Almost everyone I know in IT is busy.
Almost everyone I know in IT is busy.
That’s the only word to describe the last two weeks. I’ve been planning the iBelieve European tour for months, and five countries and almost 400 attendees later I’m delighted at the response from the European IBM i community.
It’s fair to say that we were encouraged by the number of registrations prior to the events, but those numbers gave no indication of the positive attitude that would greet us in all five countries. Delegates ranged from CEOs to Systems Administrators, and from some of the world’s leading blue chip organizations to owner-managed consultancies. In general though, they share a passion for the platform and a desire to see it recognized more positively within their organizations.
IT Jungle’s Dan Burger described the original iBelieve
There are a variety of answers to this question – poor situational awareness, distracting external influences, or even just plain old human nature!
In my experience though, the root cause of most bad decisions is a lack of relevant, factual information. If you’re going to make a decision based on an opinion that has been confidently dressed up as fact, or on out-of-context statistics that have been skewed to meet someone’s agenda, you might as well toss a coin. Because without real, objective, timely and relevant information to fuel your decision-making process, the best you can hope for is a lucky guess.
iBelieve is about information. It’s about cutting through the noise of self-interested half-truths,
It has been an extremely busy month and I think I have spent more time in planes than I have at home. I must admit that I am looking forward to re-introducing myself to my family but the activities of the last month have been very exciting none-the-less. I am hoping that my family are also looking forward to seeing me around more but with teenage kids you can never take these things for granted :-).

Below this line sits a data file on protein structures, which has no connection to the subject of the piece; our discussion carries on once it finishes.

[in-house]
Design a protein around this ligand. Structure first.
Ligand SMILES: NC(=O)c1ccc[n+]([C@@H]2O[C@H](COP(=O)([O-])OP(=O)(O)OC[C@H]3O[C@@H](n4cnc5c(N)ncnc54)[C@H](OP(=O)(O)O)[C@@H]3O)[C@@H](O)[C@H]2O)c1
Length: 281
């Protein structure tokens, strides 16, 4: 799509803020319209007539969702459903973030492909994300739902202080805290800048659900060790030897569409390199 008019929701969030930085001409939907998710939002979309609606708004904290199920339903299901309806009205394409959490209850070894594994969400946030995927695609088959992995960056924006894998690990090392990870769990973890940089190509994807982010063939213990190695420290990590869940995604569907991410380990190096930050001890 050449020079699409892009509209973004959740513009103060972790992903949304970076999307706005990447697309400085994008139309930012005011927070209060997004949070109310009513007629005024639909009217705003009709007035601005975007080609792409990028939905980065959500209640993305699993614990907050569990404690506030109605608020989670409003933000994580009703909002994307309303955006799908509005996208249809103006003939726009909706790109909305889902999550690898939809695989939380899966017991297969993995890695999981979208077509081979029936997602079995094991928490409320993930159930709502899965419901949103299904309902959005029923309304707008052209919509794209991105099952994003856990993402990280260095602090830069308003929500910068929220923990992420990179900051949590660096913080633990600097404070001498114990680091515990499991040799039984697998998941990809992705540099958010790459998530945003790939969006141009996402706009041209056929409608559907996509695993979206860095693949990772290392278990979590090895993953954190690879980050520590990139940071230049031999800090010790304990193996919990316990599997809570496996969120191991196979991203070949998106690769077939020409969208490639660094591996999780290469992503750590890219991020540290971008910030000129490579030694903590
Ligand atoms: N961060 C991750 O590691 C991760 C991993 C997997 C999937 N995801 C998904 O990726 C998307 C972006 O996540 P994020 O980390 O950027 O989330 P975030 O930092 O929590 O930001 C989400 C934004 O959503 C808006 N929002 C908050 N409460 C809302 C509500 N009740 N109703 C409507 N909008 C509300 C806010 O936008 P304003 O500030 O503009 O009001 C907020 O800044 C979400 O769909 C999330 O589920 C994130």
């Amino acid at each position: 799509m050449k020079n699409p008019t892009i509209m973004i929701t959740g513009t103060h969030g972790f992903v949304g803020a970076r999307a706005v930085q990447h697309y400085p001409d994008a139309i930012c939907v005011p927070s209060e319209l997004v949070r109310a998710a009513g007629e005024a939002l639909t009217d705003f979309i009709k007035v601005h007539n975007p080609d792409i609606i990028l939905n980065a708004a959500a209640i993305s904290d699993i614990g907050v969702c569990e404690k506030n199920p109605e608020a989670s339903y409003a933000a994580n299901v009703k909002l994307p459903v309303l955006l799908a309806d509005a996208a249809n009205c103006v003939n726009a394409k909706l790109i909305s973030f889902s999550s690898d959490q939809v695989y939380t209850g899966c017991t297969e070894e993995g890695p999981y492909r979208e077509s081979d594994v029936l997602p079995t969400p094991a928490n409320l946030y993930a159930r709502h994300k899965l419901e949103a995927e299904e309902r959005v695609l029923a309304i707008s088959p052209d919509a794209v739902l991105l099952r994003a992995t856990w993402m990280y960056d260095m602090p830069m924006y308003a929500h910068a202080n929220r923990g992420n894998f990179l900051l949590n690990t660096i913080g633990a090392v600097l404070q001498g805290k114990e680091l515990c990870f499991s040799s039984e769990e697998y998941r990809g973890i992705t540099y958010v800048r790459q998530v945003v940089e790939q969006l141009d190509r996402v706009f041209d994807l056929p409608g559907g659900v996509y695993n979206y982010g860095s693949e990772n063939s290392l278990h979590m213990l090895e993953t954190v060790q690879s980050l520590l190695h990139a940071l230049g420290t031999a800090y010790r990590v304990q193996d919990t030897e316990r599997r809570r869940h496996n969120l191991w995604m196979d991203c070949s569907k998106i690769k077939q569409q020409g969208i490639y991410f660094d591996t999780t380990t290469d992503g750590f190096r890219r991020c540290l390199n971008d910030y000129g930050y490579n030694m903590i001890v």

Why would you attend iBelieve? The marketing tagline for iBelieve New England was IBM i - A future you can believe in. Given that most people attending events dont read the abstract, is that tagline enough to make you want to go?
Maybe you did read it and still did not attend?
Two weeks ago I was fortunate to be part of the looksoftware team hosting the iBelieve event in New York.
These events have been so valuable to me on many levels, especially meeting with the attendees and speakers.
However, a particular highlight for me has been the opportunity to get some real quality time with Dr. Frank Soltis. Most, if not all of you, would have heard his name before, and if youve had the privilege of hearing him speak you will be aware of just how important and significant he is as a world-renowned computer scientist.
I am writing this entry in the hotel just after the iBelieveNY event that was held in downtown Manhattan this week. We have received extremely positive (and constructive) feedback about the event and we are very happy to hear that so many people found it useful and informative. The things that stood out to me about the day were the energy of the audience and the insights of the speakers (present company excluded ;-).
I work at looksoftware, we make software for the IBM i market (and iSeries, System i, and AS/400 :-) ). This blog will sometimes mention products or projects that we are involved in but it is not a blog about our company - it is a blog about what we find interesting on the platform.
I have been traveling quite a bit of late and visiting IBM i users in all sorts of companies, industries and geographies. Despite plenty of other things to fit into my itinerary, I genuinely enjoy these conversations and they always provide new insight into the present and future of the IBM i platform. It is these conversations that will inspire most of the entries on my blog, purely because I find them so interesting.